|Written by ISL – UK|
|Friday, 16 November 2012 16:45|
Over 300 people protested outside the European Commission in London. PCS general secretary Mark Serwotka said at the rally the action across Europe raises the question “why isn’t that happening today in Britain?” He said he was proud some PCS members had walked out today and the union is planning a new strike ballot.
A picket and demonstration led by Unite and RMT blocked traffic on Oxford Street in London against the dismissals of 28 workers employed by contractors on the Cross rail transport project.
Salford Council workers staged a 15 minute rally outside the Civic Centre in support. Salford City UNISON, which organised the rally, voted yesterday to support the idea of a General Strike in this country.
“It’s important to mark this day, even though British trade unions aren’t participating in the European General Strike” said Steve North, Salford City UNISON branch secretary ” It’s about people standing together because they are working people who are exploited by an international system.
Salford City UNISON treasurer, Ameen Hadi, had told the rally that the branch committee voted on Tuesday to support the idea of a General Strike in this country…”We need to start to organise ourselves at the bottom” he said “to force our leaders to do what they need to do to protect our services and jobs for the future.”
England and Scotland
Similar points were made at any other solidarity rallies that were organised in Birmingham, Bristol, Cambridge, Edinburgh, Kingston, Lancaster and Morecambe, Liverpool, London, Manchester, Newcastle, Oxford and Sheffield.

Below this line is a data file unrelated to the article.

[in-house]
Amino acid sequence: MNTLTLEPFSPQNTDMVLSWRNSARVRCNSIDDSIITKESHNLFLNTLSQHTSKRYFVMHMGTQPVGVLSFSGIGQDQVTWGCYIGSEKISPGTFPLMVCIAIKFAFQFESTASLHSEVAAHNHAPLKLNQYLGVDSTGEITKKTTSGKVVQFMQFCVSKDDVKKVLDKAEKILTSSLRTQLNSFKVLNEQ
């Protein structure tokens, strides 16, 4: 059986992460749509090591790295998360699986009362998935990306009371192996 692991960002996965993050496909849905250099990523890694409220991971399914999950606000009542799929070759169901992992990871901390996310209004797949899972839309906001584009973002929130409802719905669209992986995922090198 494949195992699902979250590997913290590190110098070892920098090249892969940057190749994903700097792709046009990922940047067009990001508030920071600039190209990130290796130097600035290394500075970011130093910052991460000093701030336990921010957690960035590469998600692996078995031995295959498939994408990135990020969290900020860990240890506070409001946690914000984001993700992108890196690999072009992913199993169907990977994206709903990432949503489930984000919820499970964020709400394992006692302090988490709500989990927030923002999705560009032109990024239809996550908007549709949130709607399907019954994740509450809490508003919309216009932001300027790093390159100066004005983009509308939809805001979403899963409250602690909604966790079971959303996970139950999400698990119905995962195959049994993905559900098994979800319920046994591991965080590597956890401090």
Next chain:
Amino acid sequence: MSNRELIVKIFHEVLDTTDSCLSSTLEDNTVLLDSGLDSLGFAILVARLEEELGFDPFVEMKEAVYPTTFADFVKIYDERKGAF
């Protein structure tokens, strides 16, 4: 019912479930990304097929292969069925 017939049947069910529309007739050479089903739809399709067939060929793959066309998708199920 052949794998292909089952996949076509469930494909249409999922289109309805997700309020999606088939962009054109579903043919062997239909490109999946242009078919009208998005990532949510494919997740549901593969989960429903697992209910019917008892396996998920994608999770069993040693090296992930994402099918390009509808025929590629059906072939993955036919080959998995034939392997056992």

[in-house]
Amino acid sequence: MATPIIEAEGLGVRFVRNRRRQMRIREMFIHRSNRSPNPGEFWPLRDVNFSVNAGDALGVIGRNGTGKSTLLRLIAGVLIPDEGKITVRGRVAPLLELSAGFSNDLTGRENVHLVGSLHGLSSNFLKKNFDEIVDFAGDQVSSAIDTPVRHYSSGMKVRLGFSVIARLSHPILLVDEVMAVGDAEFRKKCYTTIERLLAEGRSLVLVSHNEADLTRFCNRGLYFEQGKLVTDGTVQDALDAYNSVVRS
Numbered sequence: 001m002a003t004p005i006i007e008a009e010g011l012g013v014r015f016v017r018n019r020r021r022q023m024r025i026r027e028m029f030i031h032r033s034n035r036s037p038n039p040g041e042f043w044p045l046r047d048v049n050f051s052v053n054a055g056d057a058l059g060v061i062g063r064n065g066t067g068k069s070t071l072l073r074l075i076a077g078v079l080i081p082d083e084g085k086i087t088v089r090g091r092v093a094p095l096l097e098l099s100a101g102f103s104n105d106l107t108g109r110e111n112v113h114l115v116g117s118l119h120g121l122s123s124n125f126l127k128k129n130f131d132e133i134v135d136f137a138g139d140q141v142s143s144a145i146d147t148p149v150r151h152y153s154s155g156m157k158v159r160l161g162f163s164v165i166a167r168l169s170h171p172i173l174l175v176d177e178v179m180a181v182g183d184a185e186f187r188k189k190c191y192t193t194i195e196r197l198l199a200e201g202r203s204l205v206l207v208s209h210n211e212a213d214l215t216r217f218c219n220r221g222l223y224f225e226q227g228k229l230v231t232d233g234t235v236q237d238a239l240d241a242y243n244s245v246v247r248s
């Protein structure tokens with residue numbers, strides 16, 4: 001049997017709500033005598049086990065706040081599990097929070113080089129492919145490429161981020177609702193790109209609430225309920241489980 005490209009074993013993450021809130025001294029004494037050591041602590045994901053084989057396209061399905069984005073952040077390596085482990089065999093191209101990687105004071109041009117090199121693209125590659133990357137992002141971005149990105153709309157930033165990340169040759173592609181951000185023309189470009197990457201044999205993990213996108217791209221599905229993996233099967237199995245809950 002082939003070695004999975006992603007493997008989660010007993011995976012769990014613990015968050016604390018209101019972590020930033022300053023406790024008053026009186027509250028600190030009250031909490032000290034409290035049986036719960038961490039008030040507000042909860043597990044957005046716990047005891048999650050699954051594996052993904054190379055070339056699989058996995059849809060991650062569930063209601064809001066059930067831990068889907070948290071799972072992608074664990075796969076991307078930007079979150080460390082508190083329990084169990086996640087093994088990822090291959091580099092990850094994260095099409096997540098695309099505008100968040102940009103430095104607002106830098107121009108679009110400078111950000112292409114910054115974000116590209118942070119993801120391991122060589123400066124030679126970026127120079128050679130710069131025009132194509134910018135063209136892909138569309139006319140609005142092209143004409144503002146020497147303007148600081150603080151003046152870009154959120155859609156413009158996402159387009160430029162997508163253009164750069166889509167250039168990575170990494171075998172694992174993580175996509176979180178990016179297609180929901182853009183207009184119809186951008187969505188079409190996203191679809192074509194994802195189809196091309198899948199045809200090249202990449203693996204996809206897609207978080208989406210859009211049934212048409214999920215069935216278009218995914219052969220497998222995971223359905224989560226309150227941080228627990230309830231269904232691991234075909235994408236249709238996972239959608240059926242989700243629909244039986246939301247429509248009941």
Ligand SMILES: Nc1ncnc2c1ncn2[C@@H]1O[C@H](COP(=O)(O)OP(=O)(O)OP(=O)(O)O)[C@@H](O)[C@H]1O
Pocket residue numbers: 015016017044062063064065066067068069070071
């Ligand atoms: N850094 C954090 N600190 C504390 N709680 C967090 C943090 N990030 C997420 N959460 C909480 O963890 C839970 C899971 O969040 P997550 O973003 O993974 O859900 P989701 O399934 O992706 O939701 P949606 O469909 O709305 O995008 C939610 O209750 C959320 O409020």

They were organised by Trades Councils and organisations opposed to austerity with the support of some unions. There was no nationally organised demonstration and in many places the union leaderships nationally or regionally did not call for support for these rallies.
The rally in Liverpool was supported by 80 people one of the organisers Martin Ralph on behalf of Liverpool TUC (and a member of theInternational Socialist League) said, “We congratulate those workers who were striking in Britain today or holding rallies. Forces like that have made a national movement today. The TUC Congress in September agreed to examine the practicalities of a general strike, what better way to do that than to discuss directly with those who are making general strikes in Europe? That is why we cannot tolerate the delays of exchanging our experiences and any boycotts of solidarity with other European workers.”
Some under leaders have said they don’t see anything; well with a blindfold on no-one would! The ETUC called for the European general strike on 17 October, the British TUC did not start publicising that and calling for support until 9 November, many union leaderships did not even do that, many union web sites still do not carry information about 14N.
We call on all union members to demand of their unions to open the doors to these struggles, publicise them, call for solidarity with them, organising meetings in November and December about what happened, build direct links at every level. This movement of solidarity today in Britain was built from below by union and community activists, demand in future our leaders act but at the same time make the actions and if leaders are too narrow minded to support those workers in Europe then elect new ones that will. Prepare for a general strike.”